Software Asset Management & Software Vulnerability Management (SAM & SVM)

For a long period of time SAM and SVM were working in silos with almost no communication and/or no information sharing.

This used to work. SVM were primarily focusing on datacenter, and traditional scanner tools were doing the job. On the Desktop side, Security team were mainly relaying on Antivirus and Patch Tuesday to keep systems safe and up-to-date.

So what changed… Cloud Computing and Wannacry

Cloud Computing is a disruptive technology that impacts security solutions. Instances are spin up-and-down in minutes, the physical data centers are no longer under customers control, and scanners are only able to capture a fraction of the running environment.

On the Desktop side, it has been an intense year for cyber attacks and ransomware. Wannacry triggered everyone to realize that desktops are not up-to-date, and this impact was worldwide across 150 countries. Security can no longer rely on Windows Updates. They need to get insight on what software are running and where.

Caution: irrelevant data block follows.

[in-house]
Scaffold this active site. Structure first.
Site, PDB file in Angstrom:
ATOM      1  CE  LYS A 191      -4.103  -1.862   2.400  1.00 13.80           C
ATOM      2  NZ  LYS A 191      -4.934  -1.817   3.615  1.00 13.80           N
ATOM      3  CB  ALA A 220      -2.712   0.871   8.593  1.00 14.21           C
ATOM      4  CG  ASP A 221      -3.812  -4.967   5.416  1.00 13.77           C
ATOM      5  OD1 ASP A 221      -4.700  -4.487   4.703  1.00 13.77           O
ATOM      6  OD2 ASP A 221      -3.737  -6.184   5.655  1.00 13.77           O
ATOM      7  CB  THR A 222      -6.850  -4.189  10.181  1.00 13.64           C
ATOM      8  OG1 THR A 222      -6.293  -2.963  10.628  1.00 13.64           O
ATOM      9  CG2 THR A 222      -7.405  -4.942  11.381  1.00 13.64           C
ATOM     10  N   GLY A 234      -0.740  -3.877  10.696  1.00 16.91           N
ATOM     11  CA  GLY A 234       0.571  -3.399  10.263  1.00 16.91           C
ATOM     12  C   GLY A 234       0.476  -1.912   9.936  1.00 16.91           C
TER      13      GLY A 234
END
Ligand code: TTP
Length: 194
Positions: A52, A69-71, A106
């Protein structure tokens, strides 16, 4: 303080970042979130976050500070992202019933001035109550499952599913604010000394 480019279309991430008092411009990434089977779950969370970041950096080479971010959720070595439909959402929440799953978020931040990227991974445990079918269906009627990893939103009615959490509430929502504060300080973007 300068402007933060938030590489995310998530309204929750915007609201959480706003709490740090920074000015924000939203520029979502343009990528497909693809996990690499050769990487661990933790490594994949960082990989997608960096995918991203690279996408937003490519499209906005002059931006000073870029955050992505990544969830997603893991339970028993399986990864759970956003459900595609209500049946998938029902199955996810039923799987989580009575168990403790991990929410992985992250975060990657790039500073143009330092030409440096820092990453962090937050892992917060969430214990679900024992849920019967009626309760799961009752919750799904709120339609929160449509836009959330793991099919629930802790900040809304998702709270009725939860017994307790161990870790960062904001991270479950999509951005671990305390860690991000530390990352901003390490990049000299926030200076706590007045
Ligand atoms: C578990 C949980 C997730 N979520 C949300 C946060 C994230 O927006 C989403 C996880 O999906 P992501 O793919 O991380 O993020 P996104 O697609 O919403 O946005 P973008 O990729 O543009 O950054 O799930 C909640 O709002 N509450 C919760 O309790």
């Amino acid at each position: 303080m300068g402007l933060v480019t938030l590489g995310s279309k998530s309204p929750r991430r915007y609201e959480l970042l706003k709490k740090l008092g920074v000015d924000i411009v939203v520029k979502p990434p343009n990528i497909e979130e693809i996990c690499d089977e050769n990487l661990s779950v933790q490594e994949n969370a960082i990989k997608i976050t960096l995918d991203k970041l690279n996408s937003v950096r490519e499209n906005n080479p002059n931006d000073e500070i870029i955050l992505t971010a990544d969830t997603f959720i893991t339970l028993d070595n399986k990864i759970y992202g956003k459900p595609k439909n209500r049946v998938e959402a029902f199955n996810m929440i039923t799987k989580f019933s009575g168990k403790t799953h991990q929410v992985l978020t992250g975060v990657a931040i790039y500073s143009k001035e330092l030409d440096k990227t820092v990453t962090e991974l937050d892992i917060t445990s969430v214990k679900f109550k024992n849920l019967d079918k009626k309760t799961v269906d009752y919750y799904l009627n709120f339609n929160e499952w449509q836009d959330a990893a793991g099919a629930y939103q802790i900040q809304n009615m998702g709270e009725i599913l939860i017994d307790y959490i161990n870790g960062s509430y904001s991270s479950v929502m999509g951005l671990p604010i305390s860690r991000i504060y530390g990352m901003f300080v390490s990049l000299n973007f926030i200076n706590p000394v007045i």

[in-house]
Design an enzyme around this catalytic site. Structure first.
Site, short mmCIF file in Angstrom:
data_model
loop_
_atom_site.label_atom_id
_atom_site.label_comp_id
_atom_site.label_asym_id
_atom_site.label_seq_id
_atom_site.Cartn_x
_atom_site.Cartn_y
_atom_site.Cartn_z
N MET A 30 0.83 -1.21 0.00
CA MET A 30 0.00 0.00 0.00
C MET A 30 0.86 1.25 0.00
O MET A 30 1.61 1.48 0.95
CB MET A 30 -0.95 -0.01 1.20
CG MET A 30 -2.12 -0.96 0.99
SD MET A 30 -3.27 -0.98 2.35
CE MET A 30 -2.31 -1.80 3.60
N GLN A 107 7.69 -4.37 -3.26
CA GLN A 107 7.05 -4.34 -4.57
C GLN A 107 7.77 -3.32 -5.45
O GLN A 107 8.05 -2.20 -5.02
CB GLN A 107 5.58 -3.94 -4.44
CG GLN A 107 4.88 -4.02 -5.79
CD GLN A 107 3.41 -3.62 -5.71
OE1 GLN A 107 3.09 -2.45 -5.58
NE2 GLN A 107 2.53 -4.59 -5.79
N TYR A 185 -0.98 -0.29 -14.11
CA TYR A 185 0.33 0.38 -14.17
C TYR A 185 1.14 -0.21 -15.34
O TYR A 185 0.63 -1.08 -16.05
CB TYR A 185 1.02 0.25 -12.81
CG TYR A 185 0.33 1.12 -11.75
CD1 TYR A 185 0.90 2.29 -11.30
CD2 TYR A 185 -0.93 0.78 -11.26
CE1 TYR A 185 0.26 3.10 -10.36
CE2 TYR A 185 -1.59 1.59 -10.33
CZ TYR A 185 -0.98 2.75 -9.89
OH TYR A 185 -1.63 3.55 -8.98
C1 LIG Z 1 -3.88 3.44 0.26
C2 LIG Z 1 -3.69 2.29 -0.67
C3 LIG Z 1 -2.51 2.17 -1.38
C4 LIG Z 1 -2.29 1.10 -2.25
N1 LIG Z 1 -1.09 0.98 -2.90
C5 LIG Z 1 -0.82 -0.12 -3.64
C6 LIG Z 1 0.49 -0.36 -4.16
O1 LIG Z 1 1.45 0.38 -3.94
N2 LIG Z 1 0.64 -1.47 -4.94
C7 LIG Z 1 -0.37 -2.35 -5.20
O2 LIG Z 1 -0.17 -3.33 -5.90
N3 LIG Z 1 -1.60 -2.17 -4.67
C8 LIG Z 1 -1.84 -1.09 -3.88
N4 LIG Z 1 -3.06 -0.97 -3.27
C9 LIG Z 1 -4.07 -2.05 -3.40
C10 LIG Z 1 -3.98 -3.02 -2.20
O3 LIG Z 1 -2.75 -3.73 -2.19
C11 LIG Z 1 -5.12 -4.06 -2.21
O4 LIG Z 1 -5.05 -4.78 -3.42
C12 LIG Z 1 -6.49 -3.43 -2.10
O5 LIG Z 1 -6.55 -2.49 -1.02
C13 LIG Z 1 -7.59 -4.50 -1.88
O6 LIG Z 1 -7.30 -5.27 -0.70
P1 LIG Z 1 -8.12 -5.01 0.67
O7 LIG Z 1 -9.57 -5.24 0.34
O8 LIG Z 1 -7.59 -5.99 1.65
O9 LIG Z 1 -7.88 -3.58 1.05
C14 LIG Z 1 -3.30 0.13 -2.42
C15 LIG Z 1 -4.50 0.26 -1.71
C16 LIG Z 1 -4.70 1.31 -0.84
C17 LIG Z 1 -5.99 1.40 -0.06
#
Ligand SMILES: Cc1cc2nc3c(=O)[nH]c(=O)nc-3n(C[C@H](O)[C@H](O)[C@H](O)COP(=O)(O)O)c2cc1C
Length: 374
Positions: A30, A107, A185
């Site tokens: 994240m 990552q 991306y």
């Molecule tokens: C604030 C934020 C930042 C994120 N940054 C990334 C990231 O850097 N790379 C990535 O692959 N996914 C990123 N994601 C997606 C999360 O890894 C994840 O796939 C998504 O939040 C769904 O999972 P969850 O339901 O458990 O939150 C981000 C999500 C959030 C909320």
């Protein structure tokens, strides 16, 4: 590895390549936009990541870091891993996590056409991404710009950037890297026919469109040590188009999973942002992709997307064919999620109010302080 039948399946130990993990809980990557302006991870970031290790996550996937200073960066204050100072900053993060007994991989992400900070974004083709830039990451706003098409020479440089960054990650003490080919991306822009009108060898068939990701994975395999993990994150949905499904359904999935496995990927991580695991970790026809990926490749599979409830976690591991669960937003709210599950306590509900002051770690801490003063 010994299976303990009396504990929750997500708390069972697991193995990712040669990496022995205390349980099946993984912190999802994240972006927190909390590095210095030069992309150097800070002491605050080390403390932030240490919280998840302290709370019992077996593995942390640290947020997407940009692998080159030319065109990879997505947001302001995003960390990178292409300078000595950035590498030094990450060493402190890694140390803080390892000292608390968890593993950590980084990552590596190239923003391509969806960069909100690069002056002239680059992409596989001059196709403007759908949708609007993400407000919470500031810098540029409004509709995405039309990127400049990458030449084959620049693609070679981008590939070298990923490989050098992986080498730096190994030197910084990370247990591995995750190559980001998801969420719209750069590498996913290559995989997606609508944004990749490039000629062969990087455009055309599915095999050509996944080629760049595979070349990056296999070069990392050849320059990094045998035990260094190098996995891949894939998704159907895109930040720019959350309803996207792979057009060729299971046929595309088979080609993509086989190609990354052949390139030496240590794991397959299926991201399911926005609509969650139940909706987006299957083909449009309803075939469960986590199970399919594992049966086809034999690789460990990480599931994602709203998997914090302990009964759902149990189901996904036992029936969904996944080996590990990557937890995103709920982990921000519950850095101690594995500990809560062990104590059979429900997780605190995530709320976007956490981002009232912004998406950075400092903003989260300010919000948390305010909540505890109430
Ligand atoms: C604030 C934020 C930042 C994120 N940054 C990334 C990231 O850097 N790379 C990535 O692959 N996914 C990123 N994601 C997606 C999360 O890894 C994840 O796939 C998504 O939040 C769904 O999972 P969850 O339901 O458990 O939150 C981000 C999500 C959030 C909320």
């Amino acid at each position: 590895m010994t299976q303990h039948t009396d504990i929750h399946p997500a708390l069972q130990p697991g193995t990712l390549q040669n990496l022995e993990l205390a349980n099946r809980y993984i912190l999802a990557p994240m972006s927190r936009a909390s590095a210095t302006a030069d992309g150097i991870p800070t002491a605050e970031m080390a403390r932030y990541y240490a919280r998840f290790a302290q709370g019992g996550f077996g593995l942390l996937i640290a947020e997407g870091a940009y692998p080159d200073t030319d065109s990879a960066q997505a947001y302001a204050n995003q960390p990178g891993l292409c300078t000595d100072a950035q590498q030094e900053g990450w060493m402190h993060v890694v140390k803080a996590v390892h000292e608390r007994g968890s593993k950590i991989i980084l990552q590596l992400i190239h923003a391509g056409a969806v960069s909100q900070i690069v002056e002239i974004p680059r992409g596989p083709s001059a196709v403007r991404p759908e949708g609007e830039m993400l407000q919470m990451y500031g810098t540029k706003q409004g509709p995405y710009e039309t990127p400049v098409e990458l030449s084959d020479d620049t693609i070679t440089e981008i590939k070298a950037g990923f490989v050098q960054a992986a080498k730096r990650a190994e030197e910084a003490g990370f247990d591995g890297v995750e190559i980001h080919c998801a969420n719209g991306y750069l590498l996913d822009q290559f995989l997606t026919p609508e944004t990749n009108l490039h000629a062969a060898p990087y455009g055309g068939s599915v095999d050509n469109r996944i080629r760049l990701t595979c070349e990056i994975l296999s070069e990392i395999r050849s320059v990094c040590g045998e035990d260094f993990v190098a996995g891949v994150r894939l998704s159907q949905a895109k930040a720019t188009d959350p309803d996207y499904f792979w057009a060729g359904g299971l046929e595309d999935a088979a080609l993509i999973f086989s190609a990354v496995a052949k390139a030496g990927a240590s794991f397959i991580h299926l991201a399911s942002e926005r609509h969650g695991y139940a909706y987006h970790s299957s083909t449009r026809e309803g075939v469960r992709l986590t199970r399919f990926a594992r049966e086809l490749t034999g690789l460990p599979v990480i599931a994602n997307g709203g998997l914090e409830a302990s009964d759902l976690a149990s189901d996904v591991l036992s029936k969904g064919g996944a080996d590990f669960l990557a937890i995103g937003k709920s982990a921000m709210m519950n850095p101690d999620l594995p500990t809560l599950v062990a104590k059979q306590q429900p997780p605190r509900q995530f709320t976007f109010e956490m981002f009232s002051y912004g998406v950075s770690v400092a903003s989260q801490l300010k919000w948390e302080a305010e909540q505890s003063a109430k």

Come into play the SAM technology

SAM contains key and valuable data for keeping secure the IT environment. You cannot protect your environment if you don't know what is running in your environment “Know what you are made of”.

SAM provides the Know, but still has flaws that Security cannot work around:

  • SAM is not real time
  • SAM is not detailed enough (e.g.: Oracle JRE 7 has different vulnerabilities depending on the installed update)
  • SAM does not provide remediation patches required for Automation

fatstacks reconciles SAM & SVM

fatstacks collects, and analyzes data from any commercial software discovery tool and log management data source (e.g.: Splunk, Microsoft SCCM, AWS SSM, HPUD, ServiceNow Discovery) and generates the list of installed software, along with known vulnerabilities, and available patches.

  • Capture versions at a detailed level needed to identify known vulnerabilities
  • Roll-up at Minor and Major Versions for License Compliance
  • Identify software that reaches and/or passes end-of-life
  • Provide the list of available patches when it exists